Here is a smallTravel Tip for Lucca, Italy…
There is a small but lovely immigration museum in Lucca, that was fascinating to visit, especially since all four of my grandparents were immigrants from Italy. The Paolo Cresci Foundation for the History of Italian Emigration museum is located on Via Vittoria Emmanuele in Palazzo Ducale.
As I struggle with learning to speak the Italian language, I can only imagine how hard it was for them to take the stressful journey to America and other foreign countries without knowing how to speak another language.
This picture below is from the Immigration Museum and shows a cross section of the kind of ships they traveled on. My husband is pointing to the area of bunk beds right above the cargo area of the ship. The men were separated from their wives and children, the ocean created rough travel resulting in many people getting seasick for most of the journey. (If you would like to see a documentary of their journey and entry into the US in the early 1900’s, watch this movie on Netflix called The Golden Door.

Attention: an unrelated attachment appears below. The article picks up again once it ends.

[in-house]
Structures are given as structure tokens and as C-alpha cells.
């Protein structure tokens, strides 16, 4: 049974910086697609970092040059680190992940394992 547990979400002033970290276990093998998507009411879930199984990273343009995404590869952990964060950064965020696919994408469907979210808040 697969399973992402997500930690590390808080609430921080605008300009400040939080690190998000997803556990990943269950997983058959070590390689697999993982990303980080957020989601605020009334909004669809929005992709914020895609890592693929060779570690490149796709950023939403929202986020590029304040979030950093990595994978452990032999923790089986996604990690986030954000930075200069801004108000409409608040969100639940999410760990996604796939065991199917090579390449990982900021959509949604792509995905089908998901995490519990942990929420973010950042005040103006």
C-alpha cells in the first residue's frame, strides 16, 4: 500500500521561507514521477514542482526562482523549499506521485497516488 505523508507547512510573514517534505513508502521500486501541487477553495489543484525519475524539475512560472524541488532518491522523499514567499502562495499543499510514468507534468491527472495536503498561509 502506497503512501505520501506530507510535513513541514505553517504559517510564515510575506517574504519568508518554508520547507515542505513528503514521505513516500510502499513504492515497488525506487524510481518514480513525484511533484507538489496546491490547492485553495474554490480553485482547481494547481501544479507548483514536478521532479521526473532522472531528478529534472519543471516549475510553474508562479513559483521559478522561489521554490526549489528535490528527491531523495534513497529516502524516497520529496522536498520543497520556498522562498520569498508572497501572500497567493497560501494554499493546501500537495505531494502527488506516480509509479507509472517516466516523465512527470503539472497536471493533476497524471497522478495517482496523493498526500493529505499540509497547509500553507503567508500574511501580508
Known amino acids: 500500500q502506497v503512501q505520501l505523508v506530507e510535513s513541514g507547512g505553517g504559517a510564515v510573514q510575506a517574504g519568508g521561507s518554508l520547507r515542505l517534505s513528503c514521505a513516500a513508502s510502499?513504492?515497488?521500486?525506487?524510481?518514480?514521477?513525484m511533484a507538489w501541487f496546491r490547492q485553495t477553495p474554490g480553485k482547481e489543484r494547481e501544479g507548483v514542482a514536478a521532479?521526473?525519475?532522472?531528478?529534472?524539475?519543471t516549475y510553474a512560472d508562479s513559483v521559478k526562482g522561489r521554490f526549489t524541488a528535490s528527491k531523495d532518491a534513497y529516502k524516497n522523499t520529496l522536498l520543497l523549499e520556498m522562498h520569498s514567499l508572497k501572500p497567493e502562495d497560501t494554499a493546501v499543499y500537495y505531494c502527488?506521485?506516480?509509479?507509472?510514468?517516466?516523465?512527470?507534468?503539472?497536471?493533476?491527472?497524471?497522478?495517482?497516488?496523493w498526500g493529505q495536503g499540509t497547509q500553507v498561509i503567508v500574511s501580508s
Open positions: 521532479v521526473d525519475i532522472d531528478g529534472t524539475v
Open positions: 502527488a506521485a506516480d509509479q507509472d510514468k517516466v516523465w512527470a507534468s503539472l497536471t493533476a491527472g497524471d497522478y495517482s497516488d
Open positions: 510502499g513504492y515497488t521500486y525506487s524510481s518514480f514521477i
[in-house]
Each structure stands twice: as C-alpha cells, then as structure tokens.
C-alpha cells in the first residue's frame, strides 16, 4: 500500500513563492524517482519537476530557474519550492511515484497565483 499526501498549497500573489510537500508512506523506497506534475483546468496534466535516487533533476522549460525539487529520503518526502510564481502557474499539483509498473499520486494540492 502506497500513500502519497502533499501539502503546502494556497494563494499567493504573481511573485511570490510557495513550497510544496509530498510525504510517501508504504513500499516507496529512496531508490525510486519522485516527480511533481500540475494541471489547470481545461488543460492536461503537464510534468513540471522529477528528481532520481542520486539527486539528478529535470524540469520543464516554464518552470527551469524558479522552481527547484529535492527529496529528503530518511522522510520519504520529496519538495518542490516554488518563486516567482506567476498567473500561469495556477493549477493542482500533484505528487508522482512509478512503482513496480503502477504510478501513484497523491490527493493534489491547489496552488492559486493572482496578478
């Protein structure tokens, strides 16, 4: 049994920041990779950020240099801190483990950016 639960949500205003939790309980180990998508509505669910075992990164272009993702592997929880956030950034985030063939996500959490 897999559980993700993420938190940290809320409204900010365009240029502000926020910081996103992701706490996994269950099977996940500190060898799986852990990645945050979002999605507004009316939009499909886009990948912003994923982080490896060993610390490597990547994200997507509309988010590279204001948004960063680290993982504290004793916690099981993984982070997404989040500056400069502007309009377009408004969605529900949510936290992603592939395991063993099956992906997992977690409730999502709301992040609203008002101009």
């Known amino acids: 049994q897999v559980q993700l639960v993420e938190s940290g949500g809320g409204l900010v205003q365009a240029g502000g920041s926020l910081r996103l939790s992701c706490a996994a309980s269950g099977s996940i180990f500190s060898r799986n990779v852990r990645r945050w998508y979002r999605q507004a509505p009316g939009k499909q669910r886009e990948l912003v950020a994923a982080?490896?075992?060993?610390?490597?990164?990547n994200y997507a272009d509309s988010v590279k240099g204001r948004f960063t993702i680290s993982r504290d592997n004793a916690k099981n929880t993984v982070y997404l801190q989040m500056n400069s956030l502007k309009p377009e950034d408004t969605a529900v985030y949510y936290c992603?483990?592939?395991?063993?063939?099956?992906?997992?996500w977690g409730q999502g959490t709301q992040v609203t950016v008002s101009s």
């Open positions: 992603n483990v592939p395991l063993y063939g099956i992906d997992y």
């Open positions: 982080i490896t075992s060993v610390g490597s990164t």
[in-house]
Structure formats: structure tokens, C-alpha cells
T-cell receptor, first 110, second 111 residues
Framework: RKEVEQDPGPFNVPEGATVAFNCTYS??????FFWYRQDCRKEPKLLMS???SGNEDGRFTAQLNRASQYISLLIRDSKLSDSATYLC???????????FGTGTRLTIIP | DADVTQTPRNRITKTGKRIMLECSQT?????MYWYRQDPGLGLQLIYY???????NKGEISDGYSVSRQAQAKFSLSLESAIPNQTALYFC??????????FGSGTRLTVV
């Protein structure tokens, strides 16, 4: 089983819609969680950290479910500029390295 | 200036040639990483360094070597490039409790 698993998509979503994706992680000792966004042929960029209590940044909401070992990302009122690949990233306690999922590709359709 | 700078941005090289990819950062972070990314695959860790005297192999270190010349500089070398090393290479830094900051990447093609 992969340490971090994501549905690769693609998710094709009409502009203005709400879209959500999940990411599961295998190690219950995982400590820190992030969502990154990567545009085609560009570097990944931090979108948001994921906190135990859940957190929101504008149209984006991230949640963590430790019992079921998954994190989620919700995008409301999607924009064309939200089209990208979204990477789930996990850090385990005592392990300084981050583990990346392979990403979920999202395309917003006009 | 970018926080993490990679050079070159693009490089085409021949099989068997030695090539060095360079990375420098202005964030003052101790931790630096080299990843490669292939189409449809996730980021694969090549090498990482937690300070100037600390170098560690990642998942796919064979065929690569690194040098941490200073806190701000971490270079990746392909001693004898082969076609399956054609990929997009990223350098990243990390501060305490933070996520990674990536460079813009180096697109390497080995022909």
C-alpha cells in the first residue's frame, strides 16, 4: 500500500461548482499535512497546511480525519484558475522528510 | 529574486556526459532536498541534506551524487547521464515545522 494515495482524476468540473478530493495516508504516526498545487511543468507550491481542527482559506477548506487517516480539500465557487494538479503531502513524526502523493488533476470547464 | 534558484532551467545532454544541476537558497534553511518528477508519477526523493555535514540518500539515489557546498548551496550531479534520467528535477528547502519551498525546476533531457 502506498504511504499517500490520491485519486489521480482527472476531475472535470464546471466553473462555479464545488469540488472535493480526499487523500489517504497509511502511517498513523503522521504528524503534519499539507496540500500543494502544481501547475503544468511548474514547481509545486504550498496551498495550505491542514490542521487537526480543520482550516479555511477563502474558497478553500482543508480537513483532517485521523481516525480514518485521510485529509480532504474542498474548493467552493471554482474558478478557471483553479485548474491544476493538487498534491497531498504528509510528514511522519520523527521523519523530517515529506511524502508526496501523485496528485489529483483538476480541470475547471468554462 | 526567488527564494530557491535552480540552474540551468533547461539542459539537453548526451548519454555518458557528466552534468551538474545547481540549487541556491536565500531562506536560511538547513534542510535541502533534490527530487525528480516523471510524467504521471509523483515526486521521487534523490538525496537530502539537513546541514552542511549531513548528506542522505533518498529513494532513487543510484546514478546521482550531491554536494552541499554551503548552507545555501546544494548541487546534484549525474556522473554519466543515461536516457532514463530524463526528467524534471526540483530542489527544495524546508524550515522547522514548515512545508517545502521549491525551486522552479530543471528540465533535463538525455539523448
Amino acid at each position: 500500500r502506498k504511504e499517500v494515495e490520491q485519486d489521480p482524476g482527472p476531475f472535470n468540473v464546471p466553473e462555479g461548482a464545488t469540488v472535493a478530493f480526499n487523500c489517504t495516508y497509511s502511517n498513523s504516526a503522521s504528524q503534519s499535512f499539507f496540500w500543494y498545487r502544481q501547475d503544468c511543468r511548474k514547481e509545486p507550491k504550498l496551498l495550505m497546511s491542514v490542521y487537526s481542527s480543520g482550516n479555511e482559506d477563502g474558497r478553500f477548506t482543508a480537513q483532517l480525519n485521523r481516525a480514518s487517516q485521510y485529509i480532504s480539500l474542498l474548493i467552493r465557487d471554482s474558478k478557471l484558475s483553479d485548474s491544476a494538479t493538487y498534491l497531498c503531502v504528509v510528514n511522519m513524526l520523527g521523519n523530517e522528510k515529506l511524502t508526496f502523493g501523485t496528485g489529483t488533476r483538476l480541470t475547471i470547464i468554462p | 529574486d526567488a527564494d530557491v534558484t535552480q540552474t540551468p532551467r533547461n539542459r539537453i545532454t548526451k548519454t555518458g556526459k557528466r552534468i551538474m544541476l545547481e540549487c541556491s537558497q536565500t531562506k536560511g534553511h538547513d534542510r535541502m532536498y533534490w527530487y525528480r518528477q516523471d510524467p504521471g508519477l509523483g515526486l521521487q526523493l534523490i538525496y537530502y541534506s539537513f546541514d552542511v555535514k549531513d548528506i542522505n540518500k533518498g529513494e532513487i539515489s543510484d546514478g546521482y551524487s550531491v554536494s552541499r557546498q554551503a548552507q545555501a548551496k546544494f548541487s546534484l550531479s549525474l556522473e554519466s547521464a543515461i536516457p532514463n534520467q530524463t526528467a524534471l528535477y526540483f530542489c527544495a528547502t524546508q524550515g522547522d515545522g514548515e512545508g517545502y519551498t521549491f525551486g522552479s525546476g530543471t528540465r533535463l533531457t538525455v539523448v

In the late 1800’s and early 1900’s many Italians immigrated to America in search of “The American Dream”. Between 1880 and 1920 almost 4 million people had come to America from Italy. There were many Italians who worked for awhile in America and then returned to Italy with enough money to buy land.
Poverty and political hardship were the main reasons for immigrating. For 80% of Italians, agriculture was their livelihood. Mostly the farmers lived in harsh conditions, in one-room houses with no plumbing. They worked in a feudal system where a wealthy landowner allowed them to live on his land, farm it, and receive some of the crops in return for his work. They were basically starving.
This is a small museum in Lucca, but there are wonderful photos, videos, and information in an easy-to-view set up. As a descendent of Italian immigrants, I am very grateful for the museum and for the courage of my grandparents to take the risk of leaving their homeland and other family behind, to forge a brighter future for them and all their descendants, such as me!
And now I return to Italy every year to learn more about their mother country, one I am in awe of, having become an Italian citizen myself, coming full circle.
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